Mother Teresa and Spiritual Hunger
"Give yourself fully to God. He will use you to accomplish great things on the condition that you believe much more in His love than in your own weakness." - Mother Teresa
In doing some research about Mother Teresa, I was led to a beautiful speech written by Jeffrey R. Holland. Here is a selection of that talk:
Some time ago I read an essay referring to “metaphysical hunger” in the world. The author was suggesting that the souls of men and women were dying, so to speak, from lack of spiritual nourishment in our time. That phrase, “metaphysical hunger,” came back to me last month when I read the many richly deserved tributes paid to Mother Teresa of Calcutta. One correspondent recalled her saying that as severe and wrenching as physical hunger was in our day—something she spent virtually her entire life trying to alleviate—nevertheless, she believed that the absence of spiritual strength, the paucity of spiritual nutrition, was an even more terrible hunger in the modern world.
These observations reminded me of the chilling prophecy from the prophet Amos, who said so long ago, 'Behold, the days come, saith the Lord God, that I will send a famine in the land, not a famine of bread, nor a thirst for water, but of hearing the words of the Lord.'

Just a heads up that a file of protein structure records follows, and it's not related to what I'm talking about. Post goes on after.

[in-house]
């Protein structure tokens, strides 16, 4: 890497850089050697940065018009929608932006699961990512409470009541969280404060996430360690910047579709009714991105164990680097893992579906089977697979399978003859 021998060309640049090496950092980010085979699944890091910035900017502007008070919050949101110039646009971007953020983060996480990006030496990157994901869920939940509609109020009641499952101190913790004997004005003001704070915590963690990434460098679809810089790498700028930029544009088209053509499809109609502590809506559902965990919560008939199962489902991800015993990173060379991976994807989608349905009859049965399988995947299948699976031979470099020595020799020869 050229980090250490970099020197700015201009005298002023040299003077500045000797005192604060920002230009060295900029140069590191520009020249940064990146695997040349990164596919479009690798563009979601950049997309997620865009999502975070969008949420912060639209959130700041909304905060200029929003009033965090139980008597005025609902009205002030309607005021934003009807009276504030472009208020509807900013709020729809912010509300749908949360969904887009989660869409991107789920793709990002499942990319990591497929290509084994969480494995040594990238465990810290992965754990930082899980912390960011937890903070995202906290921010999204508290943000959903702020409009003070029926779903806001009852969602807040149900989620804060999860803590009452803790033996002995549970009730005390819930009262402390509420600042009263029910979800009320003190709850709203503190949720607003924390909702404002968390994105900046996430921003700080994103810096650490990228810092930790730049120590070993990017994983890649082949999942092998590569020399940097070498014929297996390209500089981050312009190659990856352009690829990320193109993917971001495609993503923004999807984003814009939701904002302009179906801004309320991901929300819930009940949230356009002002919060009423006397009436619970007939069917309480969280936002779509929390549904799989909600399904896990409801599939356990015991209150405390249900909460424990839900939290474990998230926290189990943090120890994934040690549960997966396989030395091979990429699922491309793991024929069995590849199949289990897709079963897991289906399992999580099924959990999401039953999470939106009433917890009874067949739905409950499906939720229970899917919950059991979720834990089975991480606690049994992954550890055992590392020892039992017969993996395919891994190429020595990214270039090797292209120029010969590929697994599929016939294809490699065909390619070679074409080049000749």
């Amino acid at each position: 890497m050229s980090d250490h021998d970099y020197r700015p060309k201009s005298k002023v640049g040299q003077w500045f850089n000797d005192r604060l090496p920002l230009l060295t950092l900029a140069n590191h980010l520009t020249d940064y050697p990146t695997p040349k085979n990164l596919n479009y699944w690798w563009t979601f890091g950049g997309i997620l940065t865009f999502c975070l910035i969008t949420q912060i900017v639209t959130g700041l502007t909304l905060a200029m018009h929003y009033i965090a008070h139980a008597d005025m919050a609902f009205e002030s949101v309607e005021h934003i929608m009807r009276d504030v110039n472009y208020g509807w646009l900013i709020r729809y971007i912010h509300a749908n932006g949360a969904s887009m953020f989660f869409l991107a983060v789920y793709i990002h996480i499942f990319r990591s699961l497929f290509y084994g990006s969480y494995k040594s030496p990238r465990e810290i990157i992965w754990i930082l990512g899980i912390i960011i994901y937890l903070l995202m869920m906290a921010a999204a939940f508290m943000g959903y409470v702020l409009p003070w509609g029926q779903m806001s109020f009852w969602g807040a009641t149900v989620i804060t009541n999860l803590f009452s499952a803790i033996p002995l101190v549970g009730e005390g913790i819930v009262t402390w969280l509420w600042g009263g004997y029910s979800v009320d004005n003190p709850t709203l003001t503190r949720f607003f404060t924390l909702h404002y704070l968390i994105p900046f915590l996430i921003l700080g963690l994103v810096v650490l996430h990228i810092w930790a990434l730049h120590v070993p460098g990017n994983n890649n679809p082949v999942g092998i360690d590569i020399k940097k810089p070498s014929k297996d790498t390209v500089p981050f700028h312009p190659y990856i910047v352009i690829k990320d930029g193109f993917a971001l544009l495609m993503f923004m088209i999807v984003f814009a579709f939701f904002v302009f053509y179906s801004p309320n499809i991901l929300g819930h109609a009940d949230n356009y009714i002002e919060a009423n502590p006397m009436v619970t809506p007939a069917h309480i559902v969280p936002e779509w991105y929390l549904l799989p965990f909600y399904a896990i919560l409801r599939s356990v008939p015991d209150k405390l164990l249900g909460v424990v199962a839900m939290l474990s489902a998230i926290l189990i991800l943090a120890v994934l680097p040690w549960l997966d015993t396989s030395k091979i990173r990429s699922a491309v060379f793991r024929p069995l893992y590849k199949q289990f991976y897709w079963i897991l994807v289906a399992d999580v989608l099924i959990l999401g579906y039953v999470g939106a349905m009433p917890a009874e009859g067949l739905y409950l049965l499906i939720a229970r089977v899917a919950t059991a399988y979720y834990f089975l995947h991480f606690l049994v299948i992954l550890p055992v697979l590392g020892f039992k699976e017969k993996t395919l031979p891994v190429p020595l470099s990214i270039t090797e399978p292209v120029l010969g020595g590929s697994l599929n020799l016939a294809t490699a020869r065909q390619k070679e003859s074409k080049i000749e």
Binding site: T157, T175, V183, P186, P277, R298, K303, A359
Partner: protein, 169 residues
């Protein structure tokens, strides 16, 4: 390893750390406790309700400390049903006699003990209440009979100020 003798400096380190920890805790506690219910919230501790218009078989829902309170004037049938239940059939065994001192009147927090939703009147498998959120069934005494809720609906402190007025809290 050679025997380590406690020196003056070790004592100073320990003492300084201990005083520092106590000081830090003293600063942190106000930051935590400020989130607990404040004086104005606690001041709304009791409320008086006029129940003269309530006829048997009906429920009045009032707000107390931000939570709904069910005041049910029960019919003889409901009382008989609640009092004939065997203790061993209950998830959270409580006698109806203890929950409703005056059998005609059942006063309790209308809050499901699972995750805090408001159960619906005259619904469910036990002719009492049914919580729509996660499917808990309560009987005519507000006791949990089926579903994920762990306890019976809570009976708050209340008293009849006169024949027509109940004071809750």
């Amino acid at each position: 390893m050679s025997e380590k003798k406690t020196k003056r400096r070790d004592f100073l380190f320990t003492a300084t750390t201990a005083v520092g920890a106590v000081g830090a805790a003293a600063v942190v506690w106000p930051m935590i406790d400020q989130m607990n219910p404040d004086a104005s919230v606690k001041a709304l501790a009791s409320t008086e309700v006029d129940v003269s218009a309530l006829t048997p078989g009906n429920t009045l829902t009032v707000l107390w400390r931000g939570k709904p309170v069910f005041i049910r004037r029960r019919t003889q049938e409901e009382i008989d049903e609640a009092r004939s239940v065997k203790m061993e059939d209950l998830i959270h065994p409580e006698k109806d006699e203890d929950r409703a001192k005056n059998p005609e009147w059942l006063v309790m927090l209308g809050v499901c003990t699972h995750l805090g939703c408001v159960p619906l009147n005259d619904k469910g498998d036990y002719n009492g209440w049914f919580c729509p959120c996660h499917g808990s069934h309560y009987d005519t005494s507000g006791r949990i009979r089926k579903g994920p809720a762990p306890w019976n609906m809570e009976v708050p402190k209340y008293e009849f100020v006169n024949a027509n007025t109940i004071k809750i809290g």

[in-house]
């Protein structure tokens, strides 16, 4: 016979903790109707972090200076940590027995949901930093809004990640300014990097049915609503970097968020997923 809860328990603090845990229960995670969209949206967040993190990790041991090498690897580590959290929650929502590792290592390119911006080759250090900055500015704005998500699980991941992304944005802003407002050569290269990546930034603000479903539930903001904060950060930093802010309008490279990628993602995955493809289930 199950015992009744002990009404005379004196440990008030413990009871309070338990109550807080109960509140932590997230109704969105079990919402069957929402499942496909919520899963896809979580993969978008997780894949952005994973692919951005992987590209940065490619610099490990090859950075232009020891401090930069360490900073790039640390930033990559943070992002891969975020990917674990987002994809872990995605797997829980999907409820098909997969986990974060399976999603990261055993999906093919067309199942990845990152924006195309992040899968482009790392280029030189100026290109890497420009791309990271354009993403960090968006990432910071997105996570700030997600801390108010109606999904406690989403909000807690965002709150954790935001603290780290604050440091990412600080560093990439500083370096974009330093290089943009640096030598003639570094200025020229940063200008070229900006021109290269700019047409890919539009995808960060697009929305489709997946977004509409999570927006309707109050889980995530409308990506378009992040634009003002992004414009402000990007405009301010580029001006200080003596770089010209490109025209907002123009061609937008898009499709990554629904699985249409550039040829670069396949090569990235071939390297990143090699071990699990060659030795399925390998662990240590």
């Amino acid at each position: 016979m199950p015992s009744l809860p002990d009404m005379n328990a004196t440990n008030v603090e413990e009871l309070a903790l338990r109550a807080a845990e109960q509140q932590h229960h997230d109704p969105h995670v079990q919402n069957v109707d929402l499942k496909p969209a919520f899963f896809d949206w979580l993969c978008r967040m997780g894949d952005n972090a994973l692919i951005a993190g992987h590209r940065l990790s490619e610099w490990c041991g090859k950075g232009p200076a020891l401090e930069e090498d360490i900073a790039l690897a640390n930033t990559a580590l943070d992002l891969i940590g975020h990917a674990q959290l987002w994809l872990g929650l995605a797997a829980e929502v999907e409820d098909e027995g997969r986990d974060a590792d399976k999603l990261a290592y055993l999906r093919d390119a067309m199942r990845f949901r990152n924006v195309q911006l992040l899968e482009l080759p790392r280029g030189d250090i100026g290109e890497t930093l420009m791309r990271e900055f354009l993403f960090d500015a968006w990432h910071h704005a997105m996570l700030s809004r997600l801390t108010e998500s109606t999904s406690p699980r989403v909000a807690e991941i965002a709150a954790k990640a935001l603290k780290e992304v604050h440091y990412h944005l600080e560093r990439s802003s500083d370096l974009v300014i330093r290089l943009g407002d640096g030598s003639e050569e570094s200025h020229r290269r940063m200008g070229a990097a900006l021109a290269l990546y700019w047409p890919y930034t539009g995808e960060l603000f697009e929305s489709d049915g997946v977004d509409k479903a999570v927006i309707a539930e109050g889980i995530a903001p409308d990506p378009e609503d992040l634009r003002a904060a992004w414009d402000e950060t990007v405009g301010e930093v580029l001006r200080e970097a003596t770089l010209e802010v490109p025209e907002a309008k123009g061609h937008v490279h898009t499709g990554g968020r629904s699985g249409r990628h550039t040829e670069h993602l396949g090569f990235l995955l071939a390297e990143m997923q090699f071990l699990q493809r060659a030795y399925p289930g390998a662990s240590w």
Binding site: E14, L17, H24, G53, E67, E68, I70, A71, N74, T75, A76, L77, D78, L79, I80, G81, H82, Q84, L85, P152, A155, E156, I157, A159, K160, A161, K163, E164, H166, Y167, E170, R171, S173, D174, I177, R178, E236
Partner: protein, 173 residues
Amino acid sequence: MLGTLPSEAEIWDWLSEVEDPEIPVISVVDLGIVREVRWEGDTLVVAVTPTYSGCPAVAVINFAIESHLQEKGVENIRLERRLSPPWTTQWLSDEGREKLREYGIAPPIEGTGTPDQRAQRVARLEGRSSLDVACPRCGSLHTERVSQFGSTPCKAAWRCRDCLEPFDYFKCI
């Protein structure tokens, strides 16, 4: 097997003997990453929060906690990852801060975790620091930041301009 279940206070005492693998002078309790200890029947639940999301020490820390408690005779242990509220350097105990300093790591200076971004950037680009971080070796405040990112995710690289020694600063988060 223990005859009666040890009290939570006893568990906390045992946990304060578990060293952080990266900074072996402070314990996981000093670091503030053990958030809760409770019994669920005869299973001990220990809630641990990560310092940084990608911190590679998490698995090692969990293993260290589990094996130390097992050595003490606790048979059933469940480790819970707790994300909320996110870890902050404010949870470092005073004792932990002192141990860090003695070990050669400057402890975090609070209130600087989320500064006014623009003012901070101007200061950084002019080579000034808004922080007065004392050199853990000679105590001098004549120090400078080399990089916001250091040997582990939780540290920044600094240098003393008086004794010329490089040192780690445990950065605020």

During the Savior’s Galilean ministry, He chided those who had heard of Him feeding the 5,000 with only five barley loaves and two fishes, and now flocked to Him expecting a free lunch. That food, important as it was, was incidental to the real nourishment He was trying to give them.
'Your fathers did eat manna in the wilderness, and are dead,' He admonished them. 'I am the living bread which came down from heaven: if any man eat of this bread, he shall live for ever.'
But this was not the meal they had come for, and the record says, 'From that time many of his disciples went back, and walked no more with him.'
In that little story is something of the danger in our day. It is that in our contemporary success and sophistication we too may walk away from the vitally crucial bread of eternal life; we may actually choose to be spiritually malnourished, willfully indulging in a kind of spiritual anorexia. Like those childish Galileans of old, we may turn up our noses when divine sustenance is placed before us. Of course the tragedy then as now is that one day, as the Lord Himself has said, 'In an hour when ye think not the summer shall be past, and the harvest ended,' and we will find that our 'souls [are] not saved.'To read the full talk by Jeffrey R. Holland, please click here.